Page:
Former wicket-keeper Craig Kieswetter has become the latest player to hit out at the England camp of which he was once a part of.
Kieswetter recently retired from Somerset aged just 27 following an eye injury sustained playing Northants in a County Championship match last year. Despite visiting a specialist in America, he took the tough decision to quit the game because his injury would not allow him to get back to his best.
Now, he has given his backing to accusations made by the likes of Kevin Pietersen, whose autobiography lifted the lid on what he perceived as the true nature of the England dressing room.
Kieswetter appears to agree that cliques were a major problem, telling The Guardian: “Success changed people. Cliques developed.”
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One of England’s main problems, he claims, was that Test players spent too much time together, so that limited-overs played felt “on the outside”.
Like Pietersen, Kieswetter also has a South-African background, which he also says was a dividing factor.
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In many ways, it is surprising that Kieswetter was not a part of the England team for longer, as he lost his place to Lancashire’s Jos Buttler, formerly his team mate at Somerset. Yorkshire’s Jonny Bairstow has provided the most competition behind the stumps, but during his short spell with the Three Lions, Kieswetter made his mark; unfortunately, it appears that his time in the camp has left its own scars.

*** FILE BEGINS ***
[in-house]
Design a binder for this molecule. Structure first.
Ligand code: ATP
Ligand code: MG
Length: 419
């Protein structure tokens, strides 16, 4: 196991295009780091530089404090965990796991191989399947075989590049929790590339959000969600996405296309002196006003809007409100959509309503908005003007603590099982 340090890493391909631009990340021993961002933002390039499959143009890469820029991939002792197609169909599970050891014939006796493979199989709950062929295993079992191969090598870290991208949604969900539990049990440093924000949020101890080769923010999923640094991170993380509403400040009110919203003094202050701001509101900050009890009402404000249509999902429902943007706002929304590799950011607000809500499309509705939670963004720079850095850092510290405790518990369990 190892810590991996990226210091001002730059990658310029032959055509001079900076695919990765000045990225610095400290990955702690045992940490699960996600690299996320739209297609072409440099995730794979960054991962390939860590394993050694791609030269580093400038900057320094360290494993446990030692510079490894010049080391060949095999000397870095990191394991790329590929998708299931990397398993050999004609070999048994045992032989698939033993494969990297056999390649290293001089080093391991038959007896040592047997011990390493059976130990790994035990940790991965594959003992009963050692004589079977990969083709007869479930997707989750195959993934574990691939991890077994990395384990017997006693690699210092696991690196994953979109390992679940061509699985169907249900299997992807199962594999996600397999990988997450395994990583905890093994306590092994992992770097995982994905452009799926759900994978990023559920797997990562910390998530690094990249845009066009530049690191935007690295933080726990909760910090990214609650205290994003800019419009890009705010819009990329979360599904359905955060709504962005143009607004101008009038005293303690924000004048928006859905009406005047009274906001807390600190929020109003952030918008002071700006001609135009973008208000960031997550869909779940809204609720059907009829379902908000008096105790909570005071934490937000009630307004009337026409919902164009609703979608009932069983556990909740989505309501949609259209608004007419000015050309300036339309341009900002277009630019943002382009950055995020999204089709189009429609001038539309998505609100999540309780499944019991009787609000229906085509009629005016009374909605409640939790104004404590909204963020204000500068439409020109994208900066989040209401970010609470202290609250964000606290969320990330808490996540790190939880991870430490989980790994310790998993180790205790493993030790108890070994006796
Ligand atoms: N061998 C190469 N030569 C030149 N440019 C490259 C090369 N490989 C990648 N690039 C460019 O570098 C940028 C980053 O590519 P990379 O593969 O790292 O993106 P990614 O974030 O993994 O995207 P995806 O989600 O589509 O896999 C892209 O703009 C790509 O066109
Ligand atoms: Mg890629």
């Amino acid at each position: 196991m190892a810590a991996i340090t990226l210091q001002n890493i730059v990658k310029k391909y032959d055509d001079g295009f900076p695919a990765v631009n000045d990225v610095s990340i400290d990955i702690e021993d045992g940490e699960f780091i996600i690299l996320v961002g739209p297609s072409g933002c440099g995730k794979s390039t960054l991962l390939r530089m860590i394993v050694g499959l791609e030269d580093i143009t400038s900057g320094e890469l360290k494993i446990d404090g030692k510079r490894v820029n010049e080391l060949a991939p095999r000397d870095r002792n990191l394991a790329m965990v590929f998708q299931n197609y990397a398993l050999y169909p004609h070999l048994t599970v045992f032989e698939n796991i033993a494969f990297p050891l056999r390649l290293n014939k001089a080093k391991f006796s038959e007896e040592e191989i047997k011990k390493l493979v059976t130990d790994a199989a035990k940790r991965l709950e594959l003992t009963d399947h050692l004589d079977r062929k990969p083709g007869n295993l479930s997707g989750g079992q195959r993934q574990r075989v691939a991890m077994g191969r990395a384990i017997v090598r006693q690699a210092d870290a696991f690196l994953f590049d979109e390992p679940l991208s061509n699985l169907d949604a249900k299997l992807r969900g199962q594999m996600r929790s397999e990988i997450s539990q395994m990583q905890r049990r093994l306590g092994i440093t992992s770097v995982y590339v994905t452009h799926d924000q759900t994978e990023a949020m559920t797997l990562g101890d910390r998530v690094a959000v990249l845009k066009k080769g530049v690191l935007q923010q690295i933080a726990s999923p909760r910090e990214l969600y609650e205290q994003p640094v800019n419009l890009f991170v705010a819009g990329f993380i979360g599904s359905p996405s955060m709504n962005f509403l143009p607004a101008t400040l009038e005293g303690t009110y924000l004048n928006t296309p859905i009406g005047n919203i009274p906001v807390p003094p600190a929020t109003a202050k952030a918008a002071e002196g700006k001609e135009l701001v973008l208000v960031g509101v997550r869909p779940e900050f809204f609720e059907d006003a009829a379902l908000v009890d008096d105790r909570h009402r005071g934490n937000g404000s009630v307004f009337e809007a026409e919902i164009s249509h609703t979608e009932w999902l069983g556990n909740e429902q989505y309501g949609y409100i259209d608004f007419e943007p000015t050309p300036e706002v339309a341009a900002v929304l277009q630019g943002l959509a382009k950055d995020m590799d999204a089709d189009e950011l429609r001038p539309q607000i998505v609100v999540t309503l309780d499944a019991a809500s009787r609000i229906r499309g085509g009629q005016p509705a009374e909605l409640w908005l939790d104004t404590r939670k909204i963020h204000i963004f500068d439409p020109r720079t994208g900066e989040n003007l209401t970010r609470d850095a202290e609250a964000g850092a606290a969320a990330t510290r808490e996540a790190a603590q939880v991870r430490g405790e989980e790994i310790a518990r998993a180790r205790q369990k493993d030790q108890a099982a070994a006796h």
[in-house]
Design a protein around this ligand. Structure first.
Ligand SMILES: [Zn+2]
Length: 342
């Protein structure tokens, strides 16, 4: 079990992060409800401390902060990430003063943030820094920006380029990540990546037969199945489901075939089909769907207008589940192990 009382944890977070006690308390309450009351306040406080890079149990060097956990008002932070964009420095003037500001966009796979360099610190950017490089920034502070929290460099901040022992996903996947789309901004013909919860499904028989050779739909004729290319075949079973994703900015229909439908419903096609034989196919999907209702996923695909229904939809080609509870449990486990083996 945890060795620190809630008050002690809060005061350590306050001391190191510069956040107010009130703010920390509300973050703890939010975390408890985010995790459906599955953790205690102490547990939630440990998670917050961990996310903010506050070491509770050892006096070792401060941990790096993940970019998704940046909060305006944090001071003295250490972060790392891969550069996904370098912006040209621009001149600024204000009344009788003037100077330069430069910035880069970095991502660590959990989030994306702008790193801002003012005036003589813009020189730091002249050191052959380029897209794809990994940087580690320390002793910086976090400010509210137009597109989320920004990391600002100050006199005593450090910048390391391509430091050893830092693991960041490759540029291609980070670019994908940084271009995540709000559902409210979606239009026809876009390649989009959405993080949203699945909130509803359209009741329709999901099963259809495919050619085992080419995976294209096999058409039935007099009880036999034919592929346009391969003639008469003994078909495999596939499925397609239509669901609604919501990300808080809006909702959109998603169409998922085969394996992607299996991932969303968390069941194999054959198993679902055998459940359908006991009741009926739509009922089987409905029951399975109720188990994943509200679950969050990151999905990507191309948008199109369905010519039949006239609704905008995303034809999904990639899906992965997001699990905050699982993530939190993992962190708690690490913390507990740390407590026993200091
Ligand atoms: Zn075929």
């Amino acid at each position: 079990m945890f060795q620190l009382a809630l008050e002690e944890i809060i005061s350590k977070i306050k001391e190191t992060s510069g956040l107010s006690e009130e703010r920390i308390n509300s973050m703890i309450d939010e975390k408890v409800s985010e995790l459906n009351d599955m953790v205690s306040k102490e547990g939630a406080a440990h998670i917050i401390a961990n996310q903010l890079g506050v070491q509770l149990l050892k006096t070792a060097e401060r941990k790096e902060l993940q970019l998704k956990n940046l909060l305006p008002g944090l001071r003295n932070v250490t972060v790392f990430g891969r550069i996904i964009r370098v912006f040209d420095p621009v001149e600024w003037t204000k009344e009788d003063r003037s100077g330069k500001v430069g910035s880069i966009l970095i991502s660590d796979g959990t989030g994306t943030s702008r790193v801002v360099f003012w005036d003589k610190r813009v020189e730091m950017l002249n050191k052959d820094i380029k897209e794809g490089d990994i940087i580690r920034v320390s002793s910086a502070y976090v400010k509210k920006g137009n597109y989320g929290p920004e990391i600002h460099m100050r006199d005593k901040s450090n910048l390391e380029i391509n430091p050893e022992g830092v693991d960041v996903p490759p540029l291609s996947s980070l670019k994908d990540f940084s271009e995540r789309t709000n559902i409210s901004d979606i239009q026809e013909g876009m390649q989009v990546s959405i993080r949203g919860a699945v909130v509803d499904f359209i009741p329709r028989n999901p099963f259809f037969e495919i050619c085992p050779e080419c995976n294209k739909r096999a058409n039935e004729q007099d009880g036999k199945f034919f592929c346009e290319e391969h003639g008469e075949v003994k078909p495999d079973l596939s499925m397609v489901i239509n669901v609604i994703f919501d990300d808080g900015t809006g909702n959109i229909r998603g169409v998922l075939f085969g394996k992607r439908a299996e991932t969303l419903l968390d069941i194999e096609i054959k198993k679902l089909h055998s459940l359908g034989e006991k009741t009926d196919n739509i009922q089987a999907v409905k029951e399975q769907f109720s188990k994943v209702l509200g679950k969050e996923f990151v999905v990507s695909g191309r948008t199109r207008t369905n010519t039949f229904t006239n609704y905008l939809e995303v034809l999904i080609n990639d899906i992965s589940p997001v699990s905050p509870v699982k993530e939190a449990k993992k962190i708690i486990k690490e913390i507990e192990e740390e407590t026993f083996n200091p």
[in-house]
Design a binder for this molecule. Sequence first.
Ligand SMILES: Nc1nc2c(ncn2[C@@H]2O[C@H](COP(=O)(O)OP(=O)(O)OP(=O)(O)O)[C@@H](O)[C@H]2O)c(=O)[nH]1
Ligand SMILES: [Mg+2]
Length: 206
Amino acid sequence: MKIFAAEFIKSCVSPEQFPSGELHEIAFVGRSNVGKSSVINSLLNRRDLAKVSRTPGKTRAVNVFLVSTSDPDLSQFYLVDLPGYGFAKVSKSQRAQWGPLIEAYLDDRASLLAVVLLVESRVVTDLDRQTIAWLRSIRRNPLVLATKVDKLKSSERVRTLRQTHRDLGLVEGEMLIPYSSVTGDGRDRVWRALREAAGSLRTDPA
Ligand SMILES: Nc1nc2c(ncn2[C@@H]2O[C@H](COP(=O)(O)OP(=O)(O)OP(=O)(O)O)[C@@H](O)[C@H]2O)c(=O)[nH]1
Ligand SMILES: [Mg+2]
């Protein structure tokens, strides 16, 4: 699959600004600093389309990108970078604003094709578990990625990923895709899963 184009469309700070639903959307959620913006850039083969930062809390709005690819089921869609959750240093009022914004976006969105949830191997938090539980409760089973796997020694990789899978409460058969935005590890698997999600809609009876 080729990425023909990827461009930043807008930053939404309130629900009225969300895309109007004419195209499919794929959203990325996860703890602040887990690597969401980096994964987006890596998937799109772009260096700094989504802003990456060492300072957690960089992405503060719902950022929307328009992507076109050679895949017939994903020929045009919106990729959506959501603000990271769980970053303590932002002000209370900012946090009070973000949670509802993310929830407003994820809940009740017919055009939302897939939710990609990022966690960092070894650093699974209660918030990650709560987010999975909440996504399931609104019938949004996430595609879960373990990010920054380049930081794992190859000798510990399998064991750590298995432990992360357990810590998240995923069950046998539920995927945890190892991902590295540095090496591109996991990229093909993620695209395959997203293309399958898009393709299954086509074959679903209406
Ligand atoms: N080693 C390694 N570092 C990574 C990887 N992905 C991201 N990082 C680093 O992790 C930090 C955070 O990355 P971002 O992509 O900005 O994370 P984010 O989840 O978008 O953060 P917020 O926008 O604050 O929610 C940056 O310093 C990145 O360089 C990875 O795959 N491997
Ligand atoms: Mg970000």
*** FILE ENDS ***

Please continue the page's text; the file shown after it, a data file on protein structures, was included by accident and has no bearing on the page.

The timing of these latest suggestions is unfortunate, considering that England are working towards an Ashes series, and are no doubt trying to maintain the high of their 3-2 ODI series victory against New Zealand.
In fact, a number of key players who have been criticised are still long-running, popular members of the current team.
However, it appears that even now that the possibility of a Pietersen return has been put to bed by newly-appointed director of cricket Andrew Strauss, the issue of the dressing room has not gone away.
It is possible that it will persist until the England and Wales Cricket Board (ECB) take positive action to address the situation. If not, there is always the possibility that more and more players will come forward with grievances.
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